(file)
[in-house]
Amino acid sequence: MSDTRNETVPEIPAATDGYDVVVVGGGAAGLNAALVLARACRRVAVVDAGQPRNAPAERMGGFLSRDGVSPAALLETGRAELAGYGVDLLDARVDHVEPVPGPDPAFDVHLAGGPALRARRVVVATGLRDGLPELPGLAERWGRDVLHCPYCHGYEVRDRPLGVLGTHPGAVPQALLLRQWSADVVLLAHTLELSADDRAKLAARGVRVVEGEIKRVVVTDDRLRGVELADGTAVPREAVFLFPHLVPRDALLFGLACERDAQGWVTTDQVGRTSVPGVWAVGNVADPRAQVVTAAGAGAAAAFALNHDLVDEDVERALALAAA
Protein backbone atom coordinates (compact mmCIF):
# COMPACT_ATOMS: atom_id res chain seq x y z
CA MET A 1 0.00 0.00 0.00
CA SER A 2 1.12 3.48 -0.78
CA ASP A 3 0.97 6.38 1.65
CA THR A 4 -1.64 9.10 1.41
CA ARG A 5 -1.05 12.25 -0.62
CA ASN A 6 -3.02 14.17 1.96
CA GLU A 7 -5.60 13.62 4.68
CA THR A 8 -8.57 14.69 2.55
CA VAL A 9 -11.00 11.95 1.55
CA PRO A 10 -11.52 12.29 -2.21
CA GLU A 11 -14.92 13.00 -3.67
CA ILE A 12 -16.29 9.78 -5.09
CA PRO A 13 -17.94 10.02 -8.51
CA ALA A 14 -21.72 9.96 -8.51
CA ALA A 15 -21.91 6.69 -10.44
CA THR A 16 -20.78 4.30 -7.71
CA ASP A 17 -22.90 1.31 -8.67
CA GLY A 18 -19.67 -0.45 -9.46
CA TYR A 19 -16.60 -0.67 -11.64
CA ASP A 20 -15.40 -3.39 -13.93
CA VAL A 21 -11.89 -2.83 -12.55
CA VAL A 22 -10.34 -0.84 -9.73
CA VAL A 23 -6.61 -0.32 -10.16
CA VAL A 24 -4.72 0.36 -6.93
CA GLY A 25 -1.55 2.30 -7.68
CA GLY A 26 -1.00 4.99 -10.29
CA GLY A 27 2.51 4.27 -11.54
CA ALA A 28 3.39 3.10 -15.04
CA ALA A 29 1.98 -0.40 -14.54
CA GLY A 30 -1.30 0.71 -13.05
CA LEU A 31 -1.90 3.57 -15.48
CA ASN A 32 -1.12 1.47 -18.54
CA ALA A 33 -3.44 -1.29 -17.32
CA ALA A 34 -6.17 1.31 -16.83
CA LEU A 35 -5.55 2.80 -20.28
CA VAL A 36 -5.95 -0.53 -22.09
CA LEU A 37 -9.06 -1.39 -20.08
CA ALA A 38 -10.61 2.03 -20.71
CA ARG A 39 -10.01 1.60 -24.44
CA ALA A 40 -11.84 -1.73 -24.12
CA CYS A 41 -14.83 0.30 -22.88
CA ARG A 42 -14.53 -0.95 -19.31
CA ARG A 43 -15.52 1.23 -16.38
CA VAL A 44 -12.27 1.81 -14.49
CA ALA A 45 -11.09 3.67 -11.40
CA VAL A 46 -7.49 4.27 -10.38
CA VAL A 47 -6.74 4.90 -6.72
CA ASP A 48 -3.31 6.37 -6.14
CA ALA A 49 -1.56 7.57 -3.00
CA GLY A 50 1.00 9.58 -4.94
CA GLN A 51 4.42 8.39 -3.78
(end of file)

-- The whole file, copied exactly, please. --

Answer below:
[in-house]
Amino acid sequence: MSDTRNETVPEIPAATDGYDVVVVGGGAAGLNAALVLARACRRVAVVDAGQPRNAPAERMGGFLSRDGVSPAALLETGRAELAGYGVDLLDARVDHVEPVPGPDPAFDVHLAGGPALRARRVVVATGLRDGLPELPGLAERWGRDVLHCPYCHGYEVRDRPLGVLGTHPGAVPQALLLRQWSADVVLLAHTLELSADDRAKLAARGVRVVEGEIKRVVVTDDRLRGVELADGTAVPREAVFLFPHLVPRDALLFGLACERDAQGWVTTDQVGRTSVPGVWAVGNVADPRAQVVTAAGAGAAAAFALNHDLVDEDVERALALAAA
Protein backbone atom coordinates (compact mmCIF):
# COMPACT_ATOMS: atom_id res chain seq x y z
CA MET A 1 0.00 0.00 0.00
CA SER A 2 1.12 3.48 -0.78
CA ASP A 3 0.97 6.38 1.65
CA THR A 4 -1.64 9.10 1.41
CA ARG A 5 -1.05 12.25 -0.62
CA ASN A 6 -3.02 14.17 1.96
CA GLU A 7 -5.60 13.62 4.68
CA THR A 8 -8.57 14.69 2.55
CA VAL A 9 -11.00 11.95 1.55
CA PRO A 10 -11.52 12.29 -2.21
CA GLU A 11 -14.92 13.00 -3.67
CA ILE A 12 -16.29 9.78 -5.09
CA PRO A 13 -17.94 10.02 -8.51
CA ALA A 14 -21.72 9.96 -8.51
CA ALA A 15 -21.91 6.69 -10.44
CA THR A 16 -20.78 4.30 -7.71
CA ASP A 17 -22.90 1.31 -8.67
CA GLY A 18 -19.67 -0.45 -9.46
CA TYR A 19 -16.60 -0.67 -11.64
CA ASP A 20 -15.40 -3.39 -13.93
CA VAL A 21 -11.89 -2.83 -12.55
CA VAL A 22 -10.34 -0.84 -9.73
CA VAL A 23 -6.61 -0.32 -10.16
CA VAL A 24 -4.72 0.36 -6.93
CA GLY A 25 -1.55 2.30 -7.68
CA GLY A 26 -1.00 4.99 -10.29
CA GLY A 27 2.51 4.27 -11.54
CA ALA A 28 3.39 3.10 -15.04
CA ALA A 29 1.98 -0.40 -14.54
CA GLY A 30 -1.30 0.71 -13.05
CA LEU A 31 -1.90 3.57 -15.48
CA ASN A 32 -1.12 1.47 -18.54
CA ALA A 33 -3.44 -1.29 -17.32
CA ALA A 34 -6.17 1.31 -16.83
CA LEU A 35 -5.55 2.80 -20.28
CA VAL A 36 -5.95 -0.53 -22.09
CA LEU A 37 -9.06 -1.39 -20.08
CA ALA A 38 -10.61 2.03 -20.71
CA ARG A 39 -10.01 1.60 -24.44
CA ALA A 40 -11.84 -1.73 -24.12
CA CYS A 41 -14.83 0.30 -22.88
CA ARG A 42 -14.53 -0.95 -19.31
CA ARG A 43 -15.52 1.23 -16.38
CA VAL A 44 -12.27 1.81 -14.49
CA ALA A 45 -11.09 3.67 -11.40
CA VAL A 46 -7.49 4.27 -10.38
CA VAL A 47 -6.74 4.90 -6.72
CA ASP A 48 -3.31 6.37 -6.14
CA ALA A 49 -1.56 7.57 -3.00
CA GLY A 50 1.00 9.58 -4.94
CA GLN A 51 4.42 8.39 -3.78